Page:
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Posts Tagged ‘Kyle Parker’

Clemson baseball finishes weekend 3-0

Posted by cuorange on February 22, 2010

Jason Stolz (.222, 0 HR, 2 RBI) went 2-4 with 2 RBI and Jonathan Meyer (0-0, 0.00, 1 SV) finished off Furman with two scoreless innings to gain his first save as the Tigers (3-0) defeated the Paladins (0-3) 8-5 on Sunday.

Mike Freeman, Jeff Schaus and Kyle Parker also had two hits apeice for Clemson.

Pitcher IP H R ER SO BB Game Score
Brady 3.1 3 2 1 1 0 49

Posted in Clemson Baseball | Tagged: , , , , , | Leave a Comment »

Wide Receivers MIA

Posted by cuorange on October 29, 2009

cuorange_exclusiveLost in the euphoria of the Miami win is that prior to Jacoby Ford snagging a Kyle Parker laser for the 26 yard game-winning touchdown Saturday is the fact that prior to that catch the wide receivers had a grand total of 4 catches for 52 yards.  It doesn’t take a football savant to understand that the Clemson wide receivers have struggled mightily this year.  With the exception of Ford, bad routes, dropped passes and inconsistent play has dominated the first half of the season for the wide outs.
 
Consequently the offense bogged down for a good portion of the first 5 games, before finally breaking through against Wake two weeks ago
 
The Tigers are young an inexperienced at the position as a whole, but there comes a time when you have to hang on to the ball and make plays.
 
The offense scored 26 on Miami last Saturday (plus 7 on defense and 7 on special teams) and moved the ball effectively against Miami.  How?  Passes to the running backs and tight ends.  These two positions combined for 20 of Kyle Parker’s 25 completions Saturday.  They also accounted for 248 of Parker’s 326 yards passing.

Position Catches Thrown to Yards Touchdowns
Running Backs 11 13 138 1
Tight Ends 9 10 110 1
Wide Receivers 5 12 78 1
H Backs 0 1 0 0
Interceptions 1
Totals 25 37 326 3

Moreover, the TEs were thrown to 4 times on third down, with three completions for 39 yards and 3 first downs.
 
Going into the Miami game the tight ends had 19 catches for 199 yards and 2 touchdowns.  Against Miami Michael Palmer and Dwayne Allen combined for 9 catches for 110 yards and a touchdown.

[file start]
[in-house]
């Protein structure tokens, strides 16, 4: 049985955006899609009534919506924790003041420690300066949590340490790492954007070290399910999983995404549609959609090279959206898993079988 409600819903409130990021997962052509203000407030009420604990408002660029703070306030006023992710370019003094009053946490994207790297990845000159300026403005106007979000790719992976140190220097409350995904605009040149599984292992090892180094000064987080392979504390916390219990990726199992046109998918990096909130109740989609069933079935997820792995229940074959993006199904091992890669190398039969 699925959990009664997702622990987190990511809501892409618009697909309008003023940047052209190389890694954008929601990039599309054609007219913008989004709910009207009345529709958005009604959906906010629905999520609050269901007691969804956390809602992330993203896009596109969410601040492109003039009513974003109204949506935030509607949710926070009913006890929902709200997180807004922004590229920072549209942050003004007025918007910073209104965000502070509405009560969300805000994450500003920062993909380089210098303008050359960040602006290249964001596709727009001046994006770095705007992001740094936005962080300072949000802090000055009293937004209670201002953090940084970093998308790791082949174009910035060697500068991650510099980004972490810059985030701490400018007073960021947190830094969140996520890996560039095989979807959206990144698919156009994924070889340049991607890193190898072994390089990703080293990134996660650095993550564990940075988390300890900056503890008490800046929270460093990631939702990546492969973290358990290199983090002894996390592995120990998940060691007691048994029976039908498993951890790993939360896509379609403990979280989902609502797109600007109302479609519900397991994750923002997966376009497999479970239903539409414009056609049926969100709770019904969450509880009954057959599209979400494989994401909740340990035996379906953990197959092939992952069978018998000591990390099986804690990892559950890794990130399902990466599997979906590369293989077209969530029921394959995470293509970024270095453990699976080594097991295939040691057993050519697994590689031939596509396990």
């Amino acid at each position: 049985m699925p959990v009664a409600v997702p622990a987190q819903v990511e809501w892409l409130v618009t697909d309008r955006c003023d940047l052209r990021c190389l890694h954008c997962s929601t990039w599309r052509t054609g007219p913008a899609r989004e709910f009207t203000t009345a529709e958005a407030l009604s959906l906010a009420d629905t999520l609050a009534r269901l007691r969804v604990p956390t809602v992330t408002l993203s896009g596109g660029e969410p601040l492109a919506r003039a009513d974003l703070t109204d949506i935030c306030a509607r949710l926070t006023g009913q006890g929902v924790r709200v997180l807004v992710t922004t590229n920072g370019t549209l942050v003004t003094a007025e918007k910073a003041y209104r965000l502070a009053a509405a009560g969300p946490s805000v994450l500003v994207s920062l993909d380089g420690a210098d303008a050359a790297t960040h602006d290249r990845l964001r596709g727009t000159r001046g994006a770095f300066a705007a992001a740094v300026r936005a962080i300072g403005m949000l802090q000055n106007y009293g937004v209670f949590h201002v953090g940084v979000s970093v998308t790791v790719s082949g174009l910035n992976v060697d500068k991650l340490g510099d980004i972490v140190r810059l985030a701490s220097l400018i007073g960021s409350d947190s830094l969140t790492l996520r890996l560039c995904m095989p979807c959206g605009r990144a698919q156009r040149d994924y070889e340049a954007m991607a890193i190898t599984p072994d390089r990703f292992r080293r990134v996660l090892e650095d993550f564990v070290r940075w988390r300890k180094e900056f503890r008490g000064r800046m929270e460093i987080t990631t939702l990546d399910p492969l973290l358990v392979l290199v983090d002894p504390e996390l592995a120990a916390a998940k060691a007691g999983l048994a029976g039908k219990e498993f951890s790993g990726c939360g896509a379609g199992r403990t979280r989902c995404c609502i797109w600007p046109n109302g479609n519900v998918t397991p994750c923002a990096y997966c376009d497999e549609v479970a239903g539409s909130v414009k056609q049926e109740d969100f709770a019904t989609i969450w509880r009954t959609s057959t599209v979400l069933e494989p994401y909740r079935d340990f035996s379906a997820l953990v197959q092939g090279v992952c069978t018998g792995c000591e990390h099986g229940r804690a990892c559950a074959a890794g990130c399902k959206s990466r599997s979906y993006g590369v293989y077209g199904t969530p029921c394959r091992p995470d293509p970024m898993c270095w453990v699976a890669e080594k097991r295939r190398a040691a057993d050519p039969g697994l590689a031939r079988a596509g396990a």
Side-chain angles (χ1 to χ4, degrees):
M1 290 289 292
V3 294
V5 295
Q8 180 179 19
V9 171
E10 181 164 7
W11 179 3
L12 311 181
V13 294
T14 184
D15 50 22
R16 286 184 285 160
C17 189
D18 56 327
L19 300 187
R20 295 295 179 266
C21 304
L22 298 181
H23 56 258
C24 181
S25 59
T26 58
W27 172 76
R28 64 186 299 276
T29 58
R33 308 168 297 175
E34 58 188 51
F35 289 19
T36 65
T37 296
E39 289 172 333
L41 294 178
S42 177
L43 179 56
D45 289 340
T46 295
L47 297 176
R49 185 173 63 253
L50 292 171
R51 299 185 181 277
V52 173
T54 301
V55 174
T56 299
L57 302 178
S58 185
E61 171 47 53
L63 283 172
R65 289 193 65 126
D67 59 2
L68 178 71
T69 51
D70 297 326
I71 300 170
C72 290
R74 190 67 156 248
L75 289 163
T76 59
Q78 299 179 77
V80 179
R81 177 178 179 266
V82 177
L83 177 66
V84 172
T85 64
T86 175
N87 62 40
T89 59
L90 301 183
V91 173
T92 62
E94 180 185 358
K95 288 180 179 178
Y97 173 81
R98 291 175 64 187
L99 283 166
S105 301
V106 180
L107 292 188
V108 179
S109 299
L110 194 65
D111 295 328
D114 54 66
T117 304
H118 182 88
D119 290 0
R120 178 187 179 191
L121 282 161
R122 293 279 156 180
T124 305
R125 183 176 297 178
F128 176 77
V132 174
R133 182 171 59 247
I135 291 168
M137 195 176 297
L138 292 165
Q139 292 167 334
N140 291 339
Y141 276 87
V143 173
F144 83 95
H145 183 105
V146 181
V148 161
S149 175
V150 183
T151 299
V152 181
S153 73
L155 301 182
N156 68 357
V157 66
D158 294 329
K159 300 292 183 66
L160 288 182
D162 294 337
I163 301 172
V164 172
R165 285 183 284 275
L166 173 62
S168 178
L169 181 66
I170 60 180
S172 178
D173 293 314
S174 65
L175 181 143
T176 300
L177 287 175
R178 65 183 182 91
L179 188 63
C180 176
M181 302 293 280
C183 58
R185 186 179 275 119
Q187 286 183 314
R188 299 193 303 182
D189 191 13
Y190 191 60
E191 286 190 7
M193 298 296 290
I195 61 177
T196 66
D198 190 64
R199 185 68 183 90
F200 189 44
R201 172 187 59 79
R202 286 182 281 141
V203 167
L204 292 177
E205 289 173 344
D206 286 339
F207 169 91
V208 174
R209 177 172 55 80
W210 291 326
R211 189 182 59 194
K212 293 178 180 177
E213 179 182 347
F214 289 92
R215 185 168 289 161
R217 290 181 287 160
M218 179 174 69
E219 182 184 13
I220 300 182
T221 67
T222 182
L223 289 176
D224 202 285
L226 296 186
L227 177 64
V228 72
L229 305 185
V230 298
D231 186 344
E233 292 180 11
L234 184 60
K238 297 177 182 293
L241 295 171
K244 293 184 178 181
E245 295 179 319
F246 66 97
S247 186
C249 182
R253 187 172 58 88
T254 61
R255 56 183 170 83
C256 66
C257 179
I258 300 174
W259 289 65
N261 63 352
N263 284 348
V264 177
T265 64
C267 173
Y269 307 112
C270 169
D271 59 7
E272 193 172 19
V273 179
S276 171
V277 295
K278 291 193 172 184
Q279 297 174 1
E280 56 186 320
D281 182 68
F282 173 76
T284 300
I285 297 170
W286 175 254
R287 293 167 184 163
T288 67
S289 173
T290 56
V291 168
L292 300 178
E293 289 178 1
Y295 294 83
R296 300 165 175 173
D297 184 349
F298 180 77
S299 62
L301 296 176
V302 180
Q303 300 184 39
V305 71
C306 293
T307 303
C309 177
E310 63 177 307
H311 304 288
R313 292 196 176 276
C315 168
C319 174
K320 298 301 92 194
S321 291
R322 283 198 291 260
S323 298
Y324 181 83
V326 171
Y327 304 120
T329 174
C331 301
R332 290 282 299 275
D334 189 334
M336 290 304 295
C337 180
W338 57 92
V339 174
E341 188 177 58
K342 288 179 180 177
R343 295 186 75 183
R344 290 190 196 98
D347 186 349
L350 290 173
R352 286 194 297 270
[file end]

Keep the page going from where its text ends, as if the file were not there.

Beginning on the third offensive series the Tigers used Palmer and Allen in a stretch of  4 of 7 plays that culminated in a 15 yard touchdown pass from Parker to Palmer.  Two of those receptions were on 3rd and 7 and 3rd and 8 and both resulted in first downs to keep the drive alive.
 
I’ve been beating the drum to get Spiller the ball out of the backfield more often and it appears that Billy Napier finally got around to it against Miami as Spiller hauled in 6 passes for 104 yards including a 56 yard touchdown.
 
The table below shows the effectiveness of receptions by position.  It’s clear that for the number of passes caught the tight ends are the most effective group of the bunch and the wide receivers the least effective. 

Position Catches Thrown to Completion% Yards First Downs First Down % Touchdowns Touchdown %
WR 52  110  47.3   743  28  53.8  4 7.7 
RB 31  47  66.0  329  9 29.0   2 6.5 
TE 28  39  71.8 309   21  75.0  3 10.7 
FB  6  11  54.5  39  2  18.2  0 0.0 
Unknown  –  5 –   –  –  –    
Ints  – 7  –  –  –     
Totals 117 219 53.4 1420  60  51.3  9  7.7

Throws to the tight ends have been completed 71.8% of the time and 75% of those receptions result in a first down.  Throwing to the tight end has been money.
 
Jacoby Ford has 28 of the 52 receptions by the wide receivers.  That means the smorgasbord of Terrance Ashe (9), Marquan Jones (7), Xavier Dye (6), Jaron Brown (1) and Brandon Clear (1) have only 24 catches between them. 
 
It won’t take opposing coaches long to comprehend and game plan for the “new” Clemson offense.  And when that day comes, the real question is can and will the wide receivers get enough separation from the coverage, step up and make plays?  Entering game 8 of the season it’s hard to believe this is still a question mark, but it is.  A huge one at that.

Posted in ACC Football, Clemson Football, College Football | Tagged: , , , , , , , , , | Leave a Comment »

Halftime thoughts

Posted by cuorange on September 19, 2009

I won’t be posting my post game thoughts until either late tonight or tomorrow because I am headed over to see Texas and Texas Tech play right after the end of the Clemson-BC game.  With that said, here are my impressions of the first half:

1.  Defense is playing lights out.  BC has 1 first down and -6 total net yards.

2.  Let me say this again:  Clemson is killing themselves on third downs.  2/9 so far.

3.  Need TDs not FGs.  You’ve heard that here before, too.  It should be at least 24-0.

4.  Parker struggling, but drops not helping.

5.  C.J. Spiller eats BCs lunch in space.  Not sure why they aren’t throwing the ball to him.

6.  All Michael Palmer does is catch everything thrown near him. 

7.  Richard Jackson has been a pleasant surprise.

Posted in ACC Football, Clemson Football, College Football | Tagged: , , , | Leave a Comment »

Game 2 reflections

Posted by cuorange on September 11, 2009

cuorange_exclusiveAfter some time to reflect on last night’s 30-27 loss to Georgia Tech here are my thoughts ranging from bad to good.  First, the bad: